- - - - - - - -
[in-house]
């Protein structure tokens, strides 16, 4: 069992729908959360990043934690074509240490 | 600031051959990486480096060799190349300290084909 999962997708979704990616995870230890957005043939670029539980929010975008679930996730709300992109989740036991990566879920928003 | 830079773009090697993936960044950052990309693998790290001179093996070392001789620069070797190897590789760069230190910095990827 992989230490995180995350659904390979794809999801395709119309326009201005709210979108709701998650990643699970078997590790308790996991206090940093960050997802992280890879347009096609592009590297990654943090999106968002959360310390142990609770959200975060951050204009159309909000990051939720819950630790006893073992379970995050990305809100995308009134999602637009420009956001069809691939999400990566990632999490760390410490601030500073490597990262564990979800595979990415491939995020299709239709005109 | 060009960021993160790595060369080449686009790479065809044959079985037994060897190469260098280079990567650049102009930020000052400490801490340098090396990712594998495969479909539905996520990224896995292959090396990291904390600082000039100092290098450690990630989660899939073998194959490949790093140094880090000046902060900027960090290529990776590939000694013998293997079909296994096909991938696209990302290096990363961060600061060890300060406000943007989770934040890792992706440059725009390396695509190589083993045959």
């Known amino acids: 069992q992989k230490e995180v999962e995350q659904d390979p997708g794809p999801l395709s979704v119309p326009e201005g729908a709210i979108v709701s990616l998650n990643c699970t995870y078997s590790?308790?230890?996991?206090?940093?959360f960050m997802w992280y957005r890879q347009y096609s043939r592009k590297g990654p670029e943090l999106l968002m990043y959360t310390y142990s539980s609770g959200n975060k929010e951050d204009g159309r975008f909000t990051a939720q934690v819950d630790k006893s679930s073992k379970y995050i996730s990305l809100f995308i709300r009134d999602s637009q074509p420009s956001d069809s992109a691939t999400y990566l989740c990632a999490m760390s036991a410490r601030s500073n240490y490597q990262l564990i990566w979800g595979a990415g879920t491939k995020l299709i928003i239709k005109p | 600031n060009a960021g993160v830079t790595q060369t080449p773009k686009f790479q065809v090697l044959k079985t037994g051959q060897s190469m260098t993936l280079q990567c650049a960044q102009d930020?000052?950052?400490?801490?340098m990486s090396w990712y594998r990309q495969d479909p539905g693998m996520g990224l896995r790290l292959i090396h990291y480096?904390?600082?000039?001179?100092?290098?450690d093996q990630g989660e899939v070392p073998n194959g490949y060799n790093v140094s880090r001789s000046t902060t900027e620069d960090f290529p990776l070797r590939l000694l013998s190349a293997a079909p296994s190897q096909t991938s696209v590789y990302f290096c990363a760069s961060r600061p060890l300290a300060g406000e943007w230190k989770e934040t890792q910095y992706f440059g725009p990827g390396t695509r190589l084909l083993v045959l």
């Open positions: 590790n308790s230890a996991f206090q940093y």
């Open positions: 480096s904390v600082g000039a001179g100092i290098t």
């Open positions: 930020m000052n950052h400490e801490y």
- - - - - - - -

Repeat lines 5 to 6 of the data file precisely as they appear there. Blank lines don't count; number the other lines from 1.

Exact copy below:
């Open positions: 480096s904390v600082g000039a001179g100092i290098t």
């Open positions: 930020m000052n950052h400490e801490y």